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September 26 - October 24

Chinatown on Film

September 26 (Tuesday) 7 pm

Broken Blossoms

Directed by D. W. Griffith
US 1919, 35mm, b/w, silent, 80 min.
With Lillian Gish, Richard Barthelmess
Live Piano Accompaniment

In contrast to such vast and epic Griffith productions as Intolerance and The Birth of a Nation, this intimate melodrama was shot in a mere eighteen days in the studio on a modest budget. Still, at least one critic considered it his "most perfect, and perhaps his most engaging" film. Set in the Limehouse district of London, the story concerns the undying devotion of a Chinese merchant (Barthelmess) for a young working-class waif (Gish) who is abused by her brutish father, a local boxer. Although the typical Griffith stereotyping of race and class is not absent from this production, the exquisite performances and memorable portraiture lend the story a touching beauty and emotional resonance.

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October 3 (Tuesday) 7 pm

The Lady from Shanghai

Directed by Orson Welles
US 1948, 35mm, b/w, 87 min.
With Rita Hayworth, Orson Welles, Everett Sloane

A box-office and critical failure in 1948, The Lady from Shanghai is now considered one of Orson Welles’ masterpieces, despite its vexed production history. Welles’ film features a controversially blonde Rita Hayworth (in her last film under contract to Columbia Pictures) as an enigmatic temptress who lures an unsuspecting Welles into a complex murder plot.  Filmed in part on Errol Flynn’s yacht, the Zaca, the film has become famous for the climactic ending – a cornucopica shoot-out in a fun-house hall of mirrors that has become a classic moment of Hollywood Noir.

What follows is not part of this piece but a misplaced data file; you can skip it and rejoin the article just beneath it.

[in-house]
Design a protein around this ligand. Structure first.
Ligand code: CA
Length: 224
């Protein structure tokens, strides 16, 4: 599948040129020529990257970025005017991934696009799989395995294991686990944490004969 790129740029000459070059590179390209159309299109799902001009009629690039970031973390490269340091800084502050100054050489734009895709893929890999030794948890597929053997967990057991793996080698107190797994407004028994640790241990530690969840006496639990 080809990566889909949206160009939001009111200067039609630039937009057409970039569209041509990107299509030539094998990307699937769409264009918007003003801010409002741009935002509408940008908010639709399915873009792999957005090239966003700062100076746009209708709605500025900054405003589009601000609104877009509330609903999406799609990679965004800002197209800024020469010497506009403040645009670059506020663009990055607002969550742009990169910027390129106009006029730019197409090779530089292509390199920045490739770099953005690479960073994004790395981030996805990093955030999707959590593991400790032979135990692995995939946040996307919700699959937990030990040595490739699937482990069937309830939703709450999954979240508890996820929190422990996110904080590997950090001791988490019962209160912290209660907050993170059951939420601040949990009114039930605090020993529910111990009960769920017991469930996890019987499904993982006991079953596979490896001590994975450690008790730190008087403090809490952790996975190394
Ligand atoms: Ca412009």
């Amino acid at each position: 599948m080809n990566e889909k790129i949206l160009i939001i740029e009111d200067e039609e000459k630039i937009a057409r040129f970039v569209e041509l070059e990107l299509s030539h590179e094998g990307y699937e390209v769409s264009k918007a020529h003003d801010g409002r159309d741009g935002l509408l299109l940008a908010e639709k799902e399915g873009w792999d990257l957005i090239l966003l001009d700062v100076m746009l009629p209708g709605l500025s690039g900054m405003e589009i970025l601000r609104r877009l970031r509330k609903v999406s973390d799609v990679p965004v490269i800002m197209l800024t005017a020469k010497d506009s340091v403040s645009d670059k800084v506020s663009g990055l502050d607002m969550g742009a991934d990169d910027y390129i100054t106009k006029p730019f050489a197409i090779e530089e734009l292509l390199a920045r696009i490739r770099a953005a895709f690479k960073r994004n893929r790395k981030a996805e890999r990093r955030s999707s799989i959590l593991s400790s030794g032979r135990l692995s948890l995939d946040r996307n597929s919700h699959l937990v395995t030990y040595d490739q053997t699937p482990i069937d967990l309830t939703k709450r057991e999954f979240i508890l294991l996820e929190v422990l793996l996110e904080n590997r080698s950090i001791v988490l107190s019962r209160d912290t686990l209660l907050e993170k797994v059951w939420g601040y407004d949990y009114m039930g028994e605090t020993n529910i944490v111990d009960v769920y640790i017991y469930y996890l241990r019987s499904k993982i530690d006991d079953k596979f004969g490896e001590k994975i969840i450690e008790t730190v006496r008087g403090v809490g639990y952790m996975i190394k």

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October 10 (Tuesday) 6:30 pm


Directed by Roman Polanski
US 1974, 35mm, color, 131 min.
With Jack Nicholson, Faye Dunaway, John Huston, Roman Polanski

Roman Polanski’s reinterpretation of the film noir genre stars Jack Nicholson as J.J. Gittes, a private detective in 1930s Los Angeles.  Gittes is hired by femme fatale Evelyn Mulwray (Dunaway) to untangle mysteries tied up with the city’s corrupt water rights history.  Gittes’s investigation, filled with uncertainty and missteps, eventually leads to a shocking finale in Chinatown.  Chinatown won an Oscar for Best Original Screenplay, and Polanski himself has an unforgettable cameo as a thug with a knife. 

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October 17 (Tuesday) 7 pm

Chan is Missing

Directed by Wayne Wang
US 1981, 16mm, b/w, 80 min.
With Wood Moy, Marc Hayashi, Laureen Chew, Peter Wang
English and Cantonese with English Subtitles

Shot on a small budget in San Francisco’s Chinatown, Chan is Missing has cabdriver Jo (Moy) and his nephew Steve (Hayashi) searching for the enigmatic Chan, who has disappeared with their $4,000 after promising to buy them a taxi license. As Jo and Steve pursue Chan, the film explores questions of Chinese-American identity, as well as the diversity and conflicts found within the Chinese-American community.  These important themes are interwoven with many moments of humor and elements of American popular culture such as John Wayne, rock’n’roll, television detective shows, and Charlie Chan.

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October 17 (Tuesday) 9 pm

Eat a Bowl of Tea

Directed by Wayne Wang
US 1989, 35mm, color, 102 min.
With Cora Miao, Russell Wong, Victor Wong
English and Mandarin with English subtitles

Quota restrictions limiting the immigration of Chinese women into the United States were lifted after World War II, and thus many Chinese men were finally able to reunite with their wives in America and bachelors began to bring women to the United States. In Eat a Bowl of Tea, Chinese-American Ben Loy (Wong) travels from New York City to China to find a bride (Miao). Once back in New York, tensions between tradition and modernity present challenges, and familial, monetary, and societal pressures strain the young couple’s marriage.

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